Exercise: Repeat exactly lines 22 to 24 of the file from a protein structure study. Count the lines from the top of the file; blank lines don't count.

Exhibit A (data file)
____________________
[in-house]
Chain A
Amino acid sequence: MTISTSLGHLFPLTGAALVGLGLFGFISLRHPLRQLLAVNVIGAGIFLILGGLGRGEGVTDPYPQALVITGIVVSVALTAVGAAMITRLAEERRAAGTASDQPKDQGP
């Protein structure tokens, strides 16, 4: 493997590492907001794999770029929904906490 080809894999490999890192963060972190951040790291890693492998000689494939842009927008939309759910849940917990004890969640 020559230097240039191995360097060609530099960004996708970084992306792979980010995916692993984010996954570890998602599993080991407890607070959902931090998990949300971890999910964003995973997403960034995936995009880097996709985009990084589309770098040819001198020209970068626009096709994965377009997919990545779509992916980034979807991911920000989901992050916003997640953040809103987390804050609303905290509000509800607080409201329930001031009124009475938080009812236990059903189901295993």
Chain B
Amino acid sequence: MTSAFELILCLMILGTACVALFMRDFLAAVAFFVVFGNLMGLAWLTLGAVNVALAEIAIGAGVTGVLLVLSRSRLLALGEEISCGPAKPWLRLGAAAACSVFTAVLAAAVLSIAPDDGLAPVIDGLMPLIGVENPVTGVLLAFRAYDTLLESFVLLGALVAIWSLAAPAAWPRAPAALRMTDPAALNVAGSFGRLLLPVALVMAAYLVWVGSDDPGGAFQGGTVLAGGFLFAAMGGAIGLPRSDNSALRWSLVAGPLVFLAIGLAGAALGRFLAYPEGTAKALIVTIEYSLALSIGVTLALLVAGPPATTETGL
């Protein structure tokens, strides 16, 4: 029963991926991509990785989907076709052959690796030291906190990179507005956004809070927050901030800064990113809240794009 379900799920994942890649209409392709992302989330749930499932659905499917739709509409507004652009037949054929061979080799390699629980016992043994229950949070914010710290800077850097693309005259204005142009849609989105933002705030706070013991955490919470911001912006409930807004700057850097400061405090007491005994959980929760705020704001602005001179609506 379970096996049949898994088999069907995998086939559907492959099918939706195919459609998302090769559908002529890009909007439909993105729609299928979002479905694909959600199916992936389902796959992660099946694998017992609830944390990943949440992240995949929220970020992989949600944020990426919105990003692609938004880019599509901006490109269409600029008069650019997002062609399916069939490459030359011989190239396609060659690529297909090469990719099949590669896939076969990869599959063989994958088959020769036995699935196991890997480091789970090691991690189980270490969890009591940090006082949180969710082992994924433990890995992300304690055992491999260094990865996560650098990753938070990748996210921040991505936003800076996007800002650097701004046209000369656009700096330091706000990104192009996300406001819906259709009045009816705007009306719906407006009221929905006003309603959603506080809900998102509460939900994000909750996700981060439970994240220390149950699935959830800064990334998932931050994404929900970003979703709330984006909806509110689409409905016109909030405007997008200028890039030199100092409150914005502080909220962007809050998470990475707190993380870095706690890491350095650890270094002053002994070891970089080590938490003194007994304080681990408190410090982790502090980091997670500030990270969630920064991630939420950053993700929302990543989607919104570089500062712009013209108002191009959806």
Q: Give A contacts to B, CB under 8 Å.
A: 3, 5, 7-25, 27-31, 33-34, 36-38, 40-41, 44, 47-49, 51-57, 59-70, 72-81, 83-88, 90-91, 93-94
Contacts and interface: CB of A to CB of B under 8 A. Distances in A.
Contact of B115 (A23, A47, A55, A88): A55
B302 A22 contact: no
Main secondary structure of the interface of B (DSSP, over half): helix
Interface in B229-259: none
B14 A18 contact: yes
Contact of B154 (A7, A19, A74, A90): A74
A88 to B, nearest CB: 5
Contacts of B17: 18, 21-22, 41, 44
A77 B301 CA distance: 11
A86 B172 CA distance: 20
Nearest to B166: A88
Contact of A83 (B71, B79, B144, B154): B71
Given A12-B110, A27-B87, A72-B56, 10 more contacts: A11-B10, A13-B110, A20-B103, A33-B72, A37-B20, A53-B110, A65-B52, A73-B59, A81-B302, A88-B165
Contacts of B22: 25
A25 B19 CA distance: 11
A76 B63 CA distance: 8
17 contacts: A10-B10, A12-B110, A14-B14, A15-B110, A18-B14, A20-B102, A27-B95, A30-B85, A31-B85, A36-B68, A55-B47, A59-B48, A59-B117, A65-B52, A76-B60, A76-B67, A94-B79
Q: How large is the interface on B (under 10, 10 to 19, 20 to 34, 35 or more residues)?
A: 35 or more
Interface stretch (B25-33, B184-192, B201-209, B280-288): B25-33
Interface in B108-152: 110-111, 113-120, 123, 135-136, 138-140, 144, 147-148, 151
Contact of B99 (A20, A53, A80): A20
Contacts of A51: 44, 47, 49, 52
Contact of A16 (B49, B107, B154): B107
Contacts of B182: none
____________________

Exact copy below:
Contact of A83 (B71, B79, B144, B154): B71
Given A12-B110, A27-B87, A72-B56, 10 more contacts: A11-B10, A13-B110, A20-B103, A33-B72, A37-B20, A53-B110, A65-B52, A73-B59, A81-B302, A88-B165
Contacts of B22: 25